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Man fishing calm water at sunset with a rod in his hand

Choosing the Right Rod

By Discount Tackle Staff

Whether you are an expert or a newbie angler, selecting the right rod can be tricky as you must consider various factors to choose the best one.

You should consider features like the rod’s length, blank material, number and type of line guides, handle style, weight, action, and power to find the best fit for you fishing style and target species.

Determining all these can be a head-spinning task to complete the purchase - how do you know which combination of features and attributes will work best for you?

To help you make an informed and educated buying decision, we've put together this guide to give you a break down of rod types and features and what they are best suited for.

Types of Fishing Rods

Anglers, both new and seasoned, should know the three main types of fishing rods: spinning, baitcasting, and conventional.

Spinning Rods

Spinning rods are used with spinning reels and have their line guides and reel seat on the underside of the rod. Spinning rods are typically the best type of rod for new teenage and adult anglers to start with (we recommend spincasting rods and reels for the younger kids). Spinning reels aren't as easy to use as button-cast spincasting reels, but they are easy enough to get the hang of with only a bit of practice.

Spinning rods are used for casting, trolling, and jigging in both freshwater and saltwater fishing and can range from super light and nimble ultralight freshwater rods for trout and panfish all the way up to big offshore outfits used to catch monster tuna and other pelagic predators. 

Generally speaking, spinning rods are more often used for lighter bait and tackle like light soft plastic rigs, finesse bass jigs, ultralight hardbaits, small hair jigs, or light wire spinnerbaits.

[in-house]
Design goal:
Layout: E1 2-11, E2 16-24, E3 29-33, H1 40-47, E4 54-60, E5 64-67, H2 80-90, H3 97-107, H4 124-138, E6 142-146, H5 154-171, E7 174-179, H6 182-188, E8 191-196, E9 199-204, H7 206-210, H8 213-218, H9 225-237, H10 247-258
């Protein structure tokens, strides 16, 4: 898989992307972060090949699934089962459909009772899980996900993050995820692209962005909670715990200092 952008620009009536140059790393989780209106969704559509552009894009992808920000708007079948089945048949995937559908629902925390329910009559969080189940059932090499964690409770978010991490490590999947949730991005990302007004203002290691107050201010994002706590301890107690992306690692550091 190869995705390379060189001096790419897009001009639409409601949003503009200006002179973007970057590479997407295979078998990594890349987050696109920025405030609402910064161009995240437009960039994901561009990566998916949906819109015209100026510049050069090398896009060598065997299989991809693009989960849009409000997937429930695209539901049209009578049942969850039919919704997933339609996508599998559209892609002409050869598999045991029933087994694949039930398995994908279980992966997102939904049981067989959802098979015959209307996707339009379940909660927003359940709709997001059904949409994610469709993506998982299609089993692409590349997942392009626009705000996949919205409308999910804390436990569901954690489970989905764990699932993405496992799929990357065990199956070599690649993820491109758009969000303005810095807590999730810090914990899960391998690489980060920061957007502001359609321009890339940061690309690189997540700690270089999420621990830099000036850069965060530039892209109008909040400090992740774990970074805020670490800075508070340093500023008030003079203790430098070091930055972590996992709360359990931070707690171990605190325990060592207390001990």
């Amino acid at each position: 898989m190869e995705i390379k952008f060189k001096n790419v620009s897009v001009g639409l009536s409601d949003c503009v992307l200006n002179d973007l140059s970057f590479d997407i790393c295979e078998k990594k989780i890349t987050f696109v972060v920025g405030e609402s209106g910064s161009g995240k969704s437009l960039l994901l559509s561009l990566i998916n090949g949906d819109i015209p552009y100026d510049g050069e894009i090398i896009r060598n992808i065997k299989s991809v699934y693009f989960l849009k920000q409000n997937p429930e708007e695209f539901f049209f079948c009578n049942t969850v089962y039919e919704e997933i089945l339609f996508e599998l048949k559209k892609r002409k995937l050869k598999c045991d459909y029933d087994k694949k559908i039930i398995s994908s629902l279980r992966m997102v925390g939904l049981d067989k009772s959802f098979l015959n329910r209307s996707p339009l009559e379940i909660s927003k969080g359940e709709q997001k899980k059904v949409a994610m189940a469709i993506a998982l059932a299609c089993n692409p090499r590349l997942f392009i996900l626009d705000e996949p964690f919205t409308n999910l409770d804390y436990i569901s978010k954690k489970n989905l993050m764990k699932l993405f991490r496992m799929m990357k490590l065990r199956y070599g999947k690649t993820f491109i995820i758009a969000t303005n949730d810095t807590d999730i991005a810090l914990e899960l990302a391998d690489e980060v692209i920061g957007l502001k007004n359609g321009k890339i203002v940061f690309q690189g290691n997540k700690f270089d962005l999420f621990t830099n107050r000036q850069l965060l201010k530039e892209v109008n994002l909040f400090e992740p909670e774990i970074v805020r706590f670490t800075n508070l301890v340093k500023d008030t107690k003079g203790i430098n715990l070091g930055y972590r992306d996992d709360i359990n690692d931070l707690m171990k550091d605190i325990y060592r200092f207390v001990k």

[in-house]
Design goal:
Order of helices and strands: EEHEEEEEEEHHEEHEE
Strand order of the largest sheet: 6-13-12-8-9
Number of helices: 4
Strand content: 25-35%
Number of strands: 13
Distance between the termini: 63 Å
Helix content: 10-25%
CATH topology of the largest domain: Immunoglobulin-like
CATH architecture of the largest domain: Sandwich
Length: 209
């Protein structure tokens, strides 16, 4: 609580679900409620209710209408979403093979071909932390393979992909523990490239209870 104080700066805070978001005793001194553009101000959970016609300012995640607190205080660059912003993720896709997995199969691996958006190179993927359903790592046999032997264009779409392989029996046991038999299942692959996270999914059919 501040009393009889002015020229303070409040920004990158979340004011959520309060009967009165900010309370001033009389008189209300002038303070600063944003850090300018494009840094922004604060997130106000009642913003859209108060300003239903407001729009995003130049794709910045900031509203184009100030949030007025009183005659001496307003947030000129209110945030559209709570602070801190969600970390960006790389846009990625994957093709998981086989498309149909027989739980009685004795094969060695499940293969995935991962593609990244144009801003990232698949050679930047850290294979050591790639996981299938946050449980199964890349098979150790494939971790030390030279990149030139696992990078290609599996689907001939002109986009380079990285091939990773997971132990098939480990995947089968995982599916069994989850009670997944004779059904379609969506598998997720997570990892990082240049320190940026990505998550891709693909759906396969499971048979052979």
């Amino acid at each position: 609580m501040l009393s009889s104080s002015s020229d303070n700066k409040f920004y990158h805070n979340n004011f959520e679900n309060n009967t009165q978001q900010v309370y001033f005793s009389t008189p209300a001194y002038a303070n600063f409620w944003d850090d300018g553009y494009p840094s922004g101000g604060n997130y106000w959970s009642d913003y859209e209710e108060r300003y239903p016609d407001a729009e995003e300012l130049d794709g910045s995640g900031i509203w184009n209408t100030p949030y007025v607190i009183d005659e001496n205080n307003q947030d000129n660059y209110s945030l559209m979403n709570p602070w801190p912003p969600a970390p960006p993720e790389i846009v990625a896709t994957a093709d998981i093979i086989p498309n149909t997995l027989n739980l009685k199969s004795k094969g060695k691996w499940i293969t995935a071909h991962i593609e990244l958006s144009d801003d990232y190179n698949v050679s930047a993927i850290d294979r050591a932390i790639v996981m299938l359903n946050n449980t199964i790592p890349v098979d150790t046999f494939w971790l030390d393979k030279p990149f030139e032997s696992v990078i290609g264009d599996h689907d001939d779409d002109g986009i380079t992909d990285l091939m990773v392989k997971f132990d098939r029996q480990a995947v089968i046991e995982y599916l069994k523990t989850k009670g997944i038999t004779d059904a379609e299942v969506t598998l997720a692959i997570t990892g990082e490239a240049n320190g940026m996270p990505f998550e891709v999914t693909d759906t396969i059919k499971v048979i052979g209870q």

Baitcasting (or Casting) Rods

Casting rods are generally geared toward more advanced anglers, as the baitcasting reels they are paired with are a bit trickier to operate than spinning reels. They have their reel seat and line guides on the top side of the rod (as opposed to the underside for spinning rods) and typically have trigger grip style handles.

Casting rods are generally better for more power fishing and reaction bait approaches (e.g., jigs, crankbaits, swimbaits, topwaters), but can be used for more finesse oriented presentations like soft baits and ultralight hard lures. A small, but growing specialized segment of the market called Bait Finesse System (BFS) includes casting rods and reels specifically designed for these ultralight presentations.

Conventional Rods

Conventional rods and reels have been around for a longtime. Today, they are almost exclusively used for saltwater fishing, but some Great Lakes and other big water freshwater and estuary anglers use conventional tackle as well. Conventional rods are generally very powerful and used on big game species like billfish, tuna, mahi-mahi, halibut, sharks, grouper, salmon, and others.